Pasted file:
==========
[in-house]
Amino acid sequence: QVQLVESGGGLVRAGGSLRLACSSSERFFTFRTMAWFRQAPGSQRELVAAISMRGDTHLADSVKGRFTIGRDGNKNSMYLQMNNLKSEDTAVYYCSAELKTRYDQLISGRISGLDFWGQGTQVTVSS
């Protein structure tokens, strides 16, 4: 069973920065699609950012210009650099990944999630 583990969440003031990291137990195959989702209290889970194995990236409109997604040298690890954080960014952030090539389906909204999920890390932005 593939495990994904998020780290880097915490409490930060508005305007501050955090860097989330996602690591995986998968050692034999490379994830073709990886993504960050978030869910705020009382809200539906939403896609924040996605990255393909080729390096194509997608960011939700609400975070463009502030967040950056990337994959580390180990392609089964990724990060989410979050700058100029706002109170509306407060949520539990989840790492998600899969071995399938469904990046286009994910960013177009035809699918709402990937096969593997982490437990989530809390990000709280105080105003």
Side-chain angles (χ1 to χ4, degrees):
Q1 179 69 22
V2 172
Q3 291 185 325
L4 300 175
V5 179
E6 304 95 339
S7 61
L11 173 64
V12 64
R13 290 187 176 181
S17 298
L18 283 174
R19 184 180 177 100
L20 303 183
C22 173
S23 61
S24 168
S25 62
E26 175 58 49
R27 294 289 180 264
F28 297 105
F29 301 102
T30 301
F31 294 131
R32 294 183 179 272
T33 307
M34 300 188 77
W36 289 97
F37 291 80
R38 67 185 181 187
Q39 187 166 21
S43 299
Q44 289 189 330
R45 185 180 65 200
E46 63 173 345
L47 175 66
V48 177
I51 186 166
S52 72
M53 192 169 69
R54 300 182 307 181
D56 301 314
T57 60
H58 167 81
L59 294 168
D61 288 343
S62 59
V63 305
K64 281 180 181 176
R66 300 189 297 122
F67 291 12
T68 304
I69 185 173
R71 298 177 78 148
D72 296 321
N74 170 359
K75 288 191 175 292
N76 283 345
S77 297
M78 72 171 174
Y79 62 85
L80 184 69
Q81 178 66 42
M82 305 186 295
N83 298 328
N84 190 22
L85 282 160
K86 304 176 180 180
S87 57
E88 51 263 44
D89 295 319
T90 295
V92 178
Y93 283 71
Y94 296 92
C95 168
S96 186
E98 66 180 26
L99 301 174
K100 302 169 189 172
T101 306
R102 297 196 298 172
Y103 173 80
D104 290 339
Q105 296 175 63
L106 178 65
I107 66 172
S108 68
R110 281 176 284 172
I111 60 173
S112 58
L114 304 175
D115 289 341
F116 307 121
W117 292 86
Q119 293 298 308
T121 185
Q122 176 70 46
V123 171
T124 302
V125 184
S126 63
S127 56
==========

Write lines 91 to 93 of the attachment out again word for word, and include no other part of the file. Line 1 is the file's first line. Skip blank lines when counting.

I107 66 172
S108 68
R110 281 176 284 172